Court rulings complicate evictions for lenders in Oregon
Published: Monday, September 12, 2011, 5:38 PM Updated: Tuesday, September 13, 2011, 9:31 AM
By Brent Hunsberger, The Oregonian
Another Oregon woman successfully halted a post-foreclosure eviction after a judge in Hood River found the bank could not prove it held title to the home.
Sara Michelotti's victory over Wells Fargo late last week carries no weight in other Oregon courts, attorneys say. But it illustrates a growing problem for banks -- if the loans's ownership history isn't recorded properly, foreclosed homeowners might be able to fight even an eviction.
"There's this real uncertainty from county to county about what that eviction process is going to look like for the lender," said Brian Cox, a real estate attorney in Eugene who represented Wells Fargo.
Michelotti's case revolved around a subprime mortgage lender, Option One Mortgage Corp., that went out of business during the housing crisis. Circuit Court Judge Paul Crowley ruled that it was not clear when or how Option One transferred Michelotti's mortgage to American Home Mortgage Servicing Inc., which foreclosed on her home and later sold it to Wells Fargo.
Since the loan's ownership was not properly recorded in Hood River County records, as required by Oregon law, Crowley ruled that Wells Fargo could not prove it had valid title to the property to evict. Crowley presides over courts in Hood River, Gilliam, Sherman, Wasco and Wheeler counties.
In June, a Columbia County judge blocked U.S. Bank's eviction of Martha Flynn after finding the loan's ownership history wasn't properly recorded. But unlike Flynn's case, Michelotti's loan did not involve the Mortgage Electronic Registration Systems – a lightening rod for lawsuits over whether lenders properly foreclosed n homeowners.
"A lot of people get lost in 'Oh it's all MERS,'" said Michelotti's attorney, Thomas Cutler of Harris Berne Christensen in Lake Oswego. "The problem runs broader than that."
Crowley also rejected the bank's argument that if Michelotti had paid her mortgage, the eviction would never have occurred.
"(Wells Fargo)'s counter argument to the effect that 'if (Michelotti) had paid the mortgage we wouldn't be here' does not prevail at this junction because the question remains: are the right we here?'" Crowley wrote.
H&R Block Inc. sold Option One in 2008 to Wilbur Ross & Co., a distressed-asset investor, who merged it with American Home Mortgage Investment Corp.
But Crowley said he found no evidence of when the merger took place or why Option One's name continued to be used on loan documents.
Cox said Wells Fargo had not yet decided how to respond to the ruling.
– Brent Hunsberger
© 2011 OregonLive.com. All rights reserved.
Scappoose’s MSA Associates at forefront for tracking bank foreclosure epidemic
By Darryl Swan
The South County Spotlight, Aug 10, 2011, Updated Aug 10, 2011
Tim Stephenson and Matt McHugh didn’t start MSA Associates with a doe-eyed understanding about mortgage-back securities; both had worked in the trenches at brokerage firms long before opening the Scappoose business in 2009.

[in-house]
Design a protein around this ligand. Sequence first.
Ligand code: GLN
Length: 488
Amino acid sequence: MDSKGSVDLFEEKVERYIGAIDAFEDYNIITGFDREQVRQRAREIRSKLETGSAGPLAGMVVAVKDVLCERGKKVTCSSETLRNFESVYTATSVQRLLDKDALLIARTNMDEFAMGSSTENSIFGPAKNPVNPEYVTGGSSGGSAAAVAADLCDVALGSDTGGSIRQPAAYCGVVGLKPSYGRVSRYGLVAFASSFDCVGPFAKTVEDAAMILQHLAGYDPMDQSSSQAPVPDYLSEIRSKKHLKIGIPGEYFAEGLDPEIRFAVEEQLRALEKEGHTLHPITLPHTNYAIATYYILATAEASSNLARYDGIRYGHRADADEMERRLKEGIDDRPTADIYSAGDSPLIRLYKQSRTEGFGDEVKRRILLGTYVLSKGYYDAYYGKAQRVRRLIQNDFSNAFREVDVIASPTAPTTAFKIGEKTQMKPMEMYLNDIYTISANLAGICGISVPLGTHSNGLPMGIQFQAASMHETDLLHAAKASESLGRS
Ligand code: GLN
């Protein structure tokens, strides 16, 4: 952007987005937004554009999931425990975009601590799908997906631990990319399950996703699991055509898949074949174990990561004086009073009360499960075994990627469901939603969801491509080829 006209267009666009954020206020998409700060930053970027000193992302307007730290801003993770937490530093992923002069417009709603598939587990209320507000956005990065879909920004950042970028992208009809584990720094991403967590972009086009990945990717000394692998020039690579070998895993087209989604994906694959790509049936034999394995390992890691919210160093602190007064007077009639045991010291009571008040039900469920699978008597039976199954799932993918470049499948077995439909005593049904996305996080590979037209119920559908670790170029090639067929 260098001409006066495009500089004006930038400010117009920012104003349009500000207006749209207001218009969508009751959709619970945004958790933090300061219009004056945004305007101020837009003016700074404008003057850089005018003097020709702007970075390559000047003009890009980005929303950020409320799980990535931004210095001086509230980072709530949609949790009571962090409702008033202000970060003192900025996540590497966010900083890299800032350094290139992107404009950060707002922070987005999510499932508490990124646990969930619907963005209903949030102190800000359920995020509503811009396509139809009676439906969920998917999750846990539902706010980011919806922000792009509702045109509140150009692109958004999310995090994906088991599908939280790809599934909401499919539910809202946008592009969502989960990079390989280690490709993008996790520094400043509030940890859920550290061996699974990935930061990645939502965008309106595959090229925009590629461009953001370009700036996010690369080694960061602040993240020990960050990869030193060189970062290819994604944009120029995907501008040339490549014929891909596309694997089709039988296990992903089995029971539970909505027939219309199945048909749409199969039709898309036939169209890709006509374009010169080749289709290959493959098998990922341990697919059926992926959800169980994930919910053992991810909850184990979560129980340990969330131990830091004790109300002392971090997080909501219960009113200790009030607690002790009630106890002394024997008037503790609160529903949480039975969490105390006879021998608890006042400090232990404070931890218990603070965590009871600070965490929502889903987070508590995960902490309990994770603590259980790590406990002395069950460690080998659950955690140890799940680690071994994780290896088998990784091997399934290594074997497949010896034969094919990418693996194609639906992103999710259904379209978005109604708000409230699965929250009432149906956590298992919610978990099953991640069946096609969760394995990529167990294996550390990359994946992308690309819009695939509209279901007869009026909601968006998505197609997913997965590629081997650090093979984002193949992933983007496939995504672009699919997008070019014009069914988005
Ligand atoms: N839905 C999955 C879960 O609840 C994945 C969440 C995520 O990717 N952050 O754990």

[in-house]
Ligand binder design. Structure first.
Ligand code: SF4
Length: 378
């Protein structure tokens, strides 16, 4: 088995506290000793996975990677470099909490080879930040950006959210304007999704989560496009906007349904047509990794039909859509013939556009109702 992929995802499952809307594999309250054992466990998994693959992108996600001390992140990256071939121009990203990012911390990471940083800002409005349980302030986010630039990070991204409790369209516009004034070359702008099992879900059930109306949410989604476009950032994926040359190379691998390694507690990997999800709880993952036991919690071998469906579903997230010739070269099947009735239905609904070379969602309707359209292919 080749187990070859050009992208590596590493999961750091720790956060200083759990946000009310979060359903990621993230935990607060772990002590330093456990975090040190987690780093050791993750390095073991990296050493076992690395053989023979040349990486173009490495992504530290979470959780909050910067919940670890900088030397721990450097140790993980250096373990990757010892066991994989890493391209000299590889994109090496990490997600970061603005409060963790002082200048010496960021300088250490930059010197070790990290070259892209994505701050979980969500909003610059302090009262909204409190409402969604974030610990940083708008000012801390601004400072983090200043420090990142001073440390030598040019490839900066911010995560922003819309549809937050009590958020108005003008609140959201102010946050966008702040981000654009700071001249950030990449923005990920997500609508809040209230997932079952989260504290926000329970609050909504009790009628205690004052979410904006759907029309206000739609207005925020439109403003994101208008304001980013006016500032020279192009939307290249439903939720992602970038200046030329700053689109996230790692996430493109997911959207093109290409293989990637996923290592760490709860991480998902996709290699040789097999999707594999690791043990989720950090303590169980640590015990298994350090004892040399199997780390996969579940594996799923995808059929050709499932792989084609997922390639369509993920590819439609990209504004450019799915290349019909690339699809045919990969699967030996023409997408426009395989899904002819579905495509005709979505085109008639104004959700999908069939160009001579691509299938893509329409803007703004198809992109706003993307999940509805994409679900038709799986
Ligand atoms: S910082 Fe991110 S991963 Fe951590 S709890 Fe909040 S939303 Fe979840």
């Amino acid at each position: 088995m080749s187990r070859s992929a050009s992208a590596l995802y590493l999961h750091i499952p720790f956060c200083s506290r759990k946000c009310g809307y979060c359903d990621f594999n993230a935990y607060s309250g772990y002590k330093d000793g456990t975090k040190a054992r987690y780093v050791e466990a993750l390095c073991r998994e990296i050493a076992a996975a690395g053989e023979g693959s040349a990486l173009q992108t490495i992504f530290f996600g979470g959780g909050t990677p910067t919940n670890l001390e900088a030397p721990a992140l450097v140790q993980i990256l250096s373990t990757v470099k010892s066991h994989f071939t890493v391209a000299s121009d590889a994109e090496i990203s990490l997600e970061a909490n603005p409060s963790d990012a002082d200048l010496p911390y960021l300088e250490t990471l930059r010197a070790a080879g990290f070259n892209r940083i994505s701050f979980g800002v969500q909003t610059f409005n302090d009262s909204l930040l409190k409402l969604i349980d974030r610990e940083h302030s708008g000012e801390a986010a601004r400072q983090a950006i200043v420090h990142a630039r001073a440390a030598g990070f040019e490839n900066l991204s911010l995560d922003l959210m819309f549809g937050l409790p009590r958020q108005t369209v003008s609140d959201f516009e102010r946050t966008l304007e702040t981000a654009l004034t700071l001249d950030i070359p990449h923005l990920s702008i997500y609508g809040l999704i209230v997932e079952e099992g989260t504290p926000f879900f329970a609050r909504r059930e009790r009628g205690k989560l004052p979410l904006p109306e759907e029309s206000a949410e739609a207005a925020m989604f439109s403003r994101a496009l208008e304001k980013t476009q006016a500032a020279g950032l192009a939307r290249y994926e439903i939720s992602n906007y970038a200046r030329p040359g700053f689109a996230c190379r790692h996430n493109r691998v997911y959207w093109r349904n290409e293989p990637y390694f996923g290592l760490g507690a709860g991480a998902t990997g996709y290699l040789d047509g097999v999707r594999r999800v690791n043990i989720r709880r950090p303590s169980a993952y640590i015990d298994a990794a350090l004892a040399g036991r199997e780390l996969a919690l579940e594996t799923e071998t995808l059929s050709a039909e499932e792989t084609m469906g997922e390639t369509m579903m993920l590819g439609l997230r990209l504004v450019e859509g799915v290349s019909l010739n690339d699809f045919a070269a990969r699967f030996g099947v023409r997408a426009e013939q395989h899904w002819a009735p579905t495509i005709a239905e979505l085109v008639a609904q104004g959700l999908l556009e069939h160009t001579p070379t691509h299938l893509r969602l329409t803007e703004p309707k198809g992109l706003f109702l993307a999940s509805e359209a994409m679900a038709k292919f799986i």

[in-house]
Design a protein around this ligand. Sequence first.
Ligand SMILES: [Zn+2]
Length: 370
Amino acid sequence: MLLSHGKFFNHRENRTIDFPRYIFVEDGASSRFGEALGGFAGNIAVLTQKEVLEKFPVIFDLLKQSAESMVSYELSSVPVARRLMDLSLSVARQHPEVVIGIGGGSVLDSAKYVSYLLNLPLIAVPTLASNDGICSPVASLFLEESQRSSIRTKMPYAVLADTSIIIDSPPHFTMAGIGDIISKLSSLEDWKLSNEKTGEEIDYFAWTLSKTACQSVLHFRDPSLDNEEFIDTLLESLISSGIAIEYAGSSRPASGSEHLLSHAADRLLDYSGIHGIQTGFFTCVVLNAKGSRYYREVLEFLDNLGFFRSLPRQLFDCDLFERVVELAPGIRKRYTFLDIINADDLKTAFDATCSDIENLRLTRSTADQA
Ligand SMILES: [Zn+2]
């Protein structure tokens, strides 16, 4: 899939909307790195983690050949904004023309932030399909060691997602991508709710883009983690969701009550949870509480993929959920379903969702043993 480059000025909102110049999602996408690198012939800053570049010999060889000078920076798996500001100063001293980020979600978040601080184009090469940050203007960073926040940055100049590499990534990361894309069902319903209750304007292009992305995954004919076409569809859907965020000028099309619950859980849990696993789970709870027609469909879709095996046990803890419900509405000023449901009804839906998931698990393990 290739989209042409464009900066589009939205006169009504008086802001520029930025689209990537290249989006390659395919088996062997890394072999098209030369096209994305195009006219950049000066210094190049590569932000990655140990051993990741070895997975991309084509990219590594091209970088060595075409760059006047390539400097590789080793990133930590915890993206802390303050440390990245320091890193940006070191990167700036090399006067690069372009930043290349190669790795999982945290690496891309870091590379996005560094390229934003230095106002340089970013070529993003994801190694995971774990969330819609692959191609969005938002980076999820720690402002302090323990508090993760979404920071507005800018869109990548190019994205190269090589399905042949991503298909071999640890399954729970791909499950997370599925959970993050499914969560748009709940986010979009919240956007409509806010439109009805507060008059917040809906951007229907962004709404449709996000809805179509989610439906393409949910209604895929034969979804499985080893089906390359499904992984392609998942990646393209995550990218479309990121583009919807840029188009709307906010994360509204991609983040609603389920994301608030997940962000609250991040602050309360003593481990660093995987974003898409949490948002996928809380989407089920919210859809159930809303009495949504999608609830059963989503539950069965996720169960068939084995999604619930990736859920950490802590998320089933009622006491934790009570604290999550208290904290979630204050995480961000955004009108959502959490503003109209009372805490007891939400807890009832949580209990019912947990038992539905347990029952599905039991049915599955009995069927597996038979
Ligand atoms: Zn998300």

But even their background in working with complex financial products didn’t fully prepare them for some of the revelations they’ve experienced since the start of 2011.
This year, the MSA Associates’ principals believe, the volume of discrepancies they’ve discovered in mortgage foreclosures challenges the outlook on the nation’s already turbulent financial system.
Specifically, Stephenson and McHugh say they have unveiled systemic chain of title discrepancies and multiple instances in which loan subservicers — often going by names with familiar resonance to the loan originator, though without the authority to negotiate mortgage terms — cut unbinding and illegitimate deals with distressed homeowners. Some of the discrepancies in the mortgage foreclosure proceedings are more sophisticated.
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Oregon judge voids foreclosure sale, casting doubt on others
Published: Wednesday, June 29, 2011, 7:48 PM Updated: Thursday, June 30, 2011, 6:16 AM
Last week's action appears to be the first in which an Oregon judge has halted an eviction and declared a foreclosure sale void after the fact. The ruling, if it stands, raises questions about the validity of other recent foreclosures in the state and could create serious problems for lenders and title companies, as well as for buyers of such properties.
"It's a victory for a lot of people," said Martha Flynn, 62, who challenged the eviction and whose ability to stay in her home remains in doubt. "I was fighting for the principle of the thing."
A U.S. Bank spokeswoman said the bank would cease further eviction action and assess its "appropriate next steps."
Nearly all foreclosures in the state occur without a judge's involvement under so-called nonjudicial proceedings. But this ruling, legal observers say, could potentially divert more foreclosure actions into courtrooms, a more time-consuming and costly proposition that could exacerbate the state's housing slump.
"This will certainly be problematic for lenders," said David Ambrose, a Portland real-estate attorney.